Mining in El Salvador




Communities from Across the Hemisphere Speak out Against Pacific Rim

El Salvador: Gold-Mining Resistance


On March 15, 2010, Oscar Menjivar, the gang member who last August was accused of shooting Francisco Ramiro, an anti-mining activist, was released after six months of detention, free of all charges, for lack of evidence even though he was recognized by his victim. Unfortunately, Francisco Ramiro, who had recognized his attacker, was not able to present his testimony because he was assassinated on December 20, 2009. Interestingly, this man, Menjivar, who has little financial resources, benefited from the legal counsel of three high-profile lawyers.

This  development supports the recommendation of an independent, international fact-finding delegation led by Voices on the Border. The group recommended that an independent investigation be conducted by internationally recognized human rights organizations and forensic experts with the oversight of the Ombudsman for Human Rights: “A broad consensus of Salvadorans does not trust government authorities to conduct a thorough investigation, believing their economic ties to Pacific Rim and the mining industry creates a conflict of interest.” In addition, the group found that no effective investigation has been conducted to identify the intellectual authors of the acts of violence perpetrated.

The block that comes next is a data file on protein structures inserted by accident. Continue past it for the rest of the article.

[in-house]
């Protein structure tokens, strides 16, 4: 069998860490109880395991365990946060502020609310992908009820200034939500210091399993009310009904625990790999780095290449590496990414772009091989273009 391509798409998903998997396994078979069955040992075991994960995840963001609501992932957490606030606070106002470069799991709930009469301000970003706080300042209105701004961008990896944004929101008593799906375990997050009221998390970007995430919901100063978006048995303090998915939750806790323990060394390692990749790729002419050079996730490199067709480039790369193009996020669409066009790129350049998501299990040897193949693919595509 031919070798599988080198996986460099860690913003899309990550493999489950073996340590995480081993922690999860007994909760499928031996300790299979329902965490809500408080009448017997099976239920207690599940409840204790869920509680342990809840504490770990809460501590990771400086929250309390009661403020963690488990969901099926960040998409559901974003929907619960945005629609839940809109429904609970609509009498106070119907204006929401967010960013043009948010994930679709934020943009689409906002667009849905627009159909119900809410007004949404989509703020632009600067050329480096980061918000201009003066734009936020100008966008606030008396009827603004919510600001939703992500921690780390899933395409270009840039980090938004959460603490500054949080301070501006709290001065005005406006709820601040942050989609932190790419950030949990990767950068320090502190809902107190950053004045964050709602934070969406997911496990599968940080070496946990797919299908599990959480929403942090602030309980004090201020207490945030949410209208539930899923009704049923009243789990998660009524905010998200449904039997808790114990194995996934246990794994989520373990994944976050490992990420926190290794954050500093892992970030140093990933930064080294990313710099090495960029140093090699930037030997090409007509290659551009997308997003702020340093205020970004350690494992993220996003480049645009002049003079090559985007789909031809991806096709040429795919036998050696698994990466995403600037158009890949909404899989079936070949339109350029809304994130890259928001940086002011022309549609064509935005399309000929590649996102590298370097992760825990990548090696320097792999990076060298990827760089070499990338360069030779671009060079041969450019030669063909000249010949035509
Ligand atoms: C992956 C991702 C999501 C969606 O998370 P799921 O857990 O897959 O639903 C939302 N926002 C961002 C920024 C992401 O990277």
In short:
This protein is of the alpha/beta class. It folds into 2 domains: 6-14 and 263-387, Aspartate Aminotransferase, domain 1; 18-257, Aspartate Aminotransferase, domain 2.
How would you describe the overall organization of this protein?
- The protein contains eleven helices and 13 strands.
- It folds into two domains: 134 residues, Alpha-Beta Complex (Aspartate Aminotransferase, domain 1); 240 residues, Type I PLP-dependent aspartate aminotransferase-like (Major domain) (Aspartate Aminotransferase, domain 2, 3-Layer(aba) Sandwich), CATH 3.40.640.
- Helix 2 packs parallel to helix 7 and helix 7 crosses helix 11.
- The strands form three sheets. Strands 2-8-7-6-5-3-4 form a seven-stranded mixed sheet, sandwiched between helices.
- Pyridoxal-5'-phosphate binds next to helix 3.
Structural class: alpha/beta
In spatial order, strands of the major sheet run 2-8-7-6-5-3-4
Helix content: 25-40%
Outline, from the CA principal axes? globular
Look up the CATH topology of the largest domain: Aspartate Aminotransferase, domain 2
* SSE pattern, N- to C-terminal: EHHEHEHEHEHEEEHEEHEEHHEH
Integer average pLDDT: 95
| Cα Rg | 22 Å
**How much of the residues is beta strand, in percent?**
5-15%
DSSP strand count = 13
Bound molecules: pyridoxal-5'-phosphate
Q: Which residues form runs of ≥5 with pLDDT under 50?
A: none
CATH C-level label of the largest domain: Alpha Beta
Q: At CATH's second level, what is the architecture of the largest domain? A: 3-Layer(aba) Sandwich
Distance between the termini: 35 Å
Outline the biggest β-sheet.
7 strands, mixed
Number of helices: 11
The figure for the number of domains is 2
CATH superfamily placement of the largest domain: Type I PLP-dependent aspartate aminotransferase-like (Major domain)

Police protection is felt to be inadequate as demonstrated by the recent assassinations that occurred in the presence of police escort. Furthermore, the bodyguards provided often treat those they are supposed to protect as suspects. Since the murder of Dora Recinos on December 26, 2009, there has been no further deaths. While threats have become more sporadic, the climate of fear remains. Pacific Rim Company keeps denying any role in the violence that has occurred. They are still suing the Salvadoran government for 100 million dollars in lost profit under the CAFTA agreement. This points to the need to support a grassroots movement calling to repeal CAFTA regulations that prioritize foreign investor rights over government interest in preventing environmental degradation and jeopardizing public safety.


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